Sunday, January 30, 2011

Black Bean Chili with Butternut Squash

It is chili season. As you might be able to tell, I just got a new month of Bon Appetit magazine. When I saw the recipe for black bean chili with butternut squash, I was immediately intrigued but then got nervous as I was cooking. What would it taste like? What exactly is bulgur? Why bother with a vegetarian chili?

But-- there was no need to worry! Dinner with my roommate this evening was as close to silent as we get (for those of you who know us, we are very talkative). Our chatter was replaced with lots of "mmmm" "yum" "great flavor" and "mmmm" (repeat). This is a very healthy chili but has a wonderful flavor. I cut the recipe in half, but feel free to double it if you are cooking for a large group.

Vegetarian Chili (adapted from Bon Appetit)

What You Need

- 1 1/2 tablespoons olive oil
- 1 yellow onion, chopped
- 1/2 red onion, chopped
- 5 garlic cloves, chopped
- 1 1/2 tablespoons chili powder
- 1/2 tablespoon ground coriander
- 1 14.5-ounce cans fire-roasted tomatoes (I just used a normal can of whole tomatoes)
- 1/2 pound dried black beans, rinsed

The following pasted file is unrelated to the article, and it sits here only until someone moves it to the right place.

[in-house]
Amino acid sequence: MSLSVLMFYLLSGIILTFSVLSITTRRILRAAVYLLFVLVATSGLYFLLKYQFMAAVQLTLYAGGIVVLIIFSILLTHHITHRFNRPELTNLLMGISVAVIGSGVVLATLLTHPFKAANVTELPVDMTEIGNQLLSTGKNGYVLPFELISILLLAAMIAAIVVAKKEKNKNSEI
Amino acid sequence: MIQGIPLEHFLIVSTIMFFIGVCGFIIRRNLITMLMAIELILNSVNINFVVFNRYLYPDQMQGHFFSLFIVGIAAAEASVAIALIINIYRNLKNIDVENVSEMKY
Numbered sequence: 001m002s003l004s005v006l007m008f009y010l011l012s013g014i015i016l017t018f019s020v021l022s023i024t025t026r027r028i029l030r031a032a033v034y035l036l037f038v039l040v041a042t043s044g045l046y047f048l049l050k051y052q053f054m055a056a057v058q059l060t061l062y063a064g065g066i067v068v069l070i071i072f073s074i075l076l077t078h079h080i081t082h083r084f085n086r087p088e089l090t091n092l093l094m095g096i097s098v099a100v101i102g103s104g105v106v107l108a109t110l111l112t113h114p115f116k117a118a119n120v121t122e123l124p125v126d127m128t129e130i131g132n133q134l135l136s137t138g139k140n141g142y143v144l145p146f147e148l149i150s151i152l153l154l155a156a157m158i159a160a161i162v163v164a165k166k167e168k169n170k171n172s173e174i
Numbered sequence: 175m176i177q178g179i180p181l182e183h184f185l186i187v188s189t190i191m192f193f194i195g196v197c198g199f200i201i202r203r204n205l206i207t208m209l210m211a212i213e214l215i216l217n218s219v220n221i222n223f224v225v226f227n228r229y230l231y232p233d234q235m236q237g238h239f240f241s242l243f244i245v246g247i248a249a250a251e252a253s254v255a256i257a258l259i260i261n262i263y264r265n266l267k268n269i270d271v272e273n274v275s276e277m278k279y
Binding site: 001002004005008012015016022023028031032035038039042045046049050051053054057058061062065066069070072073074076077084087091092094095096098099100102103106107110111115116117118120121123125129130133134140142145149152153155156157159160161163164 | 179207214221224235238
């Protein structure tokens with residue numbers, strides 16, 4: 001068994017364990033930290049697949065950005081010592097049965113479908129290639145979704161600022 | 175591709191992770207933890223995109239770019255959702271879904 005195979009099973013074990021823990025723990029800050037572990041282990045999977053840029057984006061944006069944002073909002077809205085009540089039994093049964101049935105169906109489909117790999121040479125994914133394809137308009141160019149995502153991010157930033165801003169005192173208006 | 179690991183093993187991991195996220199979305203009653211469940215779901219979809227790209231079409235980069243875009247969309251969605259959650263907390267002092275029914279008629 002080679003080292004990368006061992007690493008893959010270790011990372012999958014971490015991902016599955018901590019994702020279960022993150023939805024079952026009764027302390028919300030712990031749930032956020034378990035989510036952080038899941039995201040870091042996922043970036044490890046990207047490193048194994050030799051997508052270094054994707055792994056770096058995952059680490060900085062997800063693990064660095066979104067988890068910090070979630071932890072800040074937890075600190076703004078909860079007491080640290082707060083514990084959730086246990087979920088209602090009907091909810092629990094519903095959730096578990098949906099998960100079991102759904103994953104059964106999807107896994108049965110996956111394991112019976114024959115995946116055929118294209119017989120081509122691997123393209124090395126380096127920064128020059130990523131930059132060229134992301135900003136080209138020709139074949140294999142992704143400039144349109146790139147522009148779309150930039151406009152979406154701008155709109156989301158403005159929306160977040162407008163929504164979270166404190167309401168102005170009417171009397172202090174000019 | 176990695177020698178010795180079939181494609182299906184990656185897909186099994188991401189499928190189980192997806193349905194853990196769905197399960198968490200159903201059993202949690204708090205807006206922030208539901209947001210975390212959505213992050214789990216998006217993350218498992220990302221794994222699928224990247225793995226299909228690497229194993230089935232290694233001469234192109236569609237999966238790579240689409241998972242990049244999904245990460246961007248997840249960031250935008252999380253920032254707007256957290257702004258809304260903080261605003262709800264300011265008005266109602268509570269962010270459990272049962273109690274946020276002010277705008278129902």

- 2 chipotle chiles from canned chipotle chiles in adobo, minced
- 1 teaspoon dried oregano (preferably Mexican)
- Coarse kosher salt to taste
- 1 pound butternut squash, peeled, seeded, cut into 1/2-inch cubes (about 1.5 cups) (any winter squash will do)
- 1/2 cup quick-cooking bulgur (this was my first time using it!)
- Sour cream
- Coarsely grated hot pepper Monterey Jack or cheddar cheese
-Diced red onion
- Chopped fresh cilantro
- Pickled jalapeño rings

What You Do

1. Heat oil in heavy large pot over medium-high heat.
2. Add onions and cook until soft and beginning to brown, stirring often, about 8 minutes.
3. Add garlic; stir 1 minute.
4. Sprinkle chili powder and coriander over; stir 1 minute.
5. Stir in tomatoes with juice, beans, chipotles, and oregano. (Note: we started cooking the beans about 1.5 hours before. I added in the nearly finished beans with the water they were cooking in at this point).